Felsted School’s coaching team includes many ex-professionals who share their career ups and downs. “We hope pupils can see that failure is commonplace for everyone who takes on the challenge of competition,” Knightley adds. “Rather than looking at sport as an extra pressure, we use the time with pupils to build skills, make friendships, take on new challenges and opportunities, work on fitness, tactics and strategies, as a support to improving their mental health.”

Christ’s Hospital is implementing similar strategies in its PE and sports department. “Pupils were anxious about not winning or coming top three, and of being judged by others,” says Hannah Nwandu, assistant director of sport. “Some were focusing on what didn’t go to plan rather than the positives. From this term, there’ll be less of a spotlight on competition and fixtures for the junior pupils, and more opportunities to experience a wide range of activities, learning to win and lose, appreciate and work with others.”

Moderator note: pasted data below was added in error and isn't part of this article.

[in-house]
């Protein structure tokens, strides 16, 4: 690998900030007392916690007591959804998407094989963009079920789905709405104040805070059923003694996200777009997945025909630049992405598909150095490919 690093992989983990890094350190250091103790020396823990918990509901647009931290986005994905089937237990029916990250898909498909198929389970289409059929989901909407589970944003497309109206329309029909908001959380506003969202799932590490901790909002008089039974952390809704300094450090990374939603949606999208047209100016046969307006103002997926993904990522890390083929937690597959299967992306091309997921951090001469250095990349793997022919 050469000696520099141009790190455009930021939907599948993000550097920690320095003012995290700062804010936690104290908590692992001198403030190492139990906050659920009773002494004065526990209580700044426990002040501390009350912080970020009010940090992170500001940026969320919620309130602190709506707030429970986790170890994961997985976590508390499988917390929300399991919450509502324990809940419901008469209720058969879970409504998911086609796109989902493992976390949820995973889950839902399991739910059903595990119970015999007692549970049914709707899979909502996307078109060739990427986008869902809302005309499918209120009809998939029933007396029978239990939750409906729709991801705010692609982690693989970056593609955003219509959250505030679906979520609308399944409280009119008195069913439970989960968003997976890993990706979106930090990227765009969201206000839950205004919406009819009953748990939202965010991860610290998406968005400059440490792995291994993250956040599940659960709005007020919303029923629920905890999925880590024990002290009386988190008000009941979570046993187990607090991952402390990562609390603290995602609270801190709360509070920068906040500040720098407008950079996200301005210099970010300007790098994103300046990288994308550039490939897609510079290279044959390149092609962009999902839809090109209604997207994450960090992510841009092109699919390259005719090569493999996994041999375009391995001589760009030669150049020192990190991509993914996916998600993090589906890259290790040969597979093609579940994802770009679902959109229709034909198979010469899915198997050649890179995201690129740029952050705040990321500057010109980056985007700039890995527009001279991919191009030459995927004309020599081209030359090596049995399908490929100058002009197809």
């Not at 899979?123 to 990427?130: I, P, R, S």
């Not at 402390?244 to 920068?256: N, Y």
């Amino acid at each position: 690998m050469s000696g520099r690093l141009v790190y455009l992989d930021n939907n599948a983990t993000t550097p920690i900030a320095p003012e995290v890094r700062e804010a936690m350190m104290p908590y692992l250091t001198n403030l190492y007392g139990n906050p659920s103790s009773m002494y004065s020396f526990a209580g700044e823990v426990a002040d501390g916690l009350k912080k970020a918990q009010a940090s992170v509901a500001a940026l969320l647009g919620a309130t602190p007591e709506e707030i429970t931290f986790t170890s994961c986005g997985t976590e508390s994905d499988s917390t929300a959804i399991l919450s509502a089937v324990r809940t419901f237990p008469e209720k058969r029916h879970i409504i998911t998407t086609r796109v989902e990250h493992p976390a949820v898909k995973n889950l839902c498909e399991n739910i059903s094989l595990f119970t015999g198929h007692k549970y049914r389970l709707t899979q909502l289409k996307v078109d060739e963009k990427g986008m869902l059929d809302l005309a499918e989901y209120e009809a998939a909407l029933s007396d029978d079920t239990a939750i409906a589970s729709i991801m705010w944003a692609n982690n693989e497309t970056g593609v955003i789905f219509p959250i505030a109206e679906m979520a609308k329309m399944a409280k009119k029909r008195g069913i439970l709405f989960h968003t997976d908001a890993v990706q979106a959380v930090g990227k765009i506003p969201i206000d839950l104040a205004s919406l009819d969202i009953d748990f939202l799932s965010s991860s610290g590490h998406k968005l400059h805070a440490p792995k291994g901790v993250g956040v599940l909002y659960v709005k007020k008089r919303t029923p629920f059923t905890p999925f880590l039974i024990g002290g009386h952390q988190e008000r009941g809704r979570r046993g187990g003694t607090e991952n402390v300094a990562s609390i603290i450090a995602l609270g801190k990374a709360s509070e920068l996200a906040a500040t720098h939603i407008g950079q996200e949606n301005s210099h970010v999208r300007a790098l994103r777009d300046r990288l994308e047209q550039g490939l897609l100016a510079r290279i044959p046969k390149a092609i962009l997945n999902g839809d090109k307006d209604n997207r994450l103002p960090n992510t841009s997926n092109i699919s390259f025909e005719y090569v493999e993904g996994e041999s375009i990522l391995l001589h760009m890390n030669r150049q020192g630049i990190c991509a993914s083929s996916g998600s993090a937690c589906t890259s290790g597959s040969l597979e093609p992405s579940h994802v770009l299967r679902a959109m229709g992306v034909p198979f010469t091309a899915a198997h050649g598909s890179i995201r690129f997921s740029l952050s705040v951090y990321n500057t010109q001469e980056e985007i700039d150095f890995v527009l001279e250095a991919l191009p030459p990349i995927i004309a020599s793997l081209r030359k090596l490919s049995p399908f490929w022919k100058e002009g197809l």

Nwandu believes that constant communication is vital. “It’s important to consider the individual because all young people respond to pressure differently. We continually check in on pupils, particularly aspirational sporting ones, who may not necessarily share their fears or worries. We remind them to enjoy the experience and to think about how they’re feeling at different stages.”

Regardless of ability, pupils at Christ’s Hospital are encouraged to be involved in sport and are offered an array of activities. “The greater the exposure to opportunity means pupils are likely to find something they enjoy and take through actively into adulthood,” says Nwandu.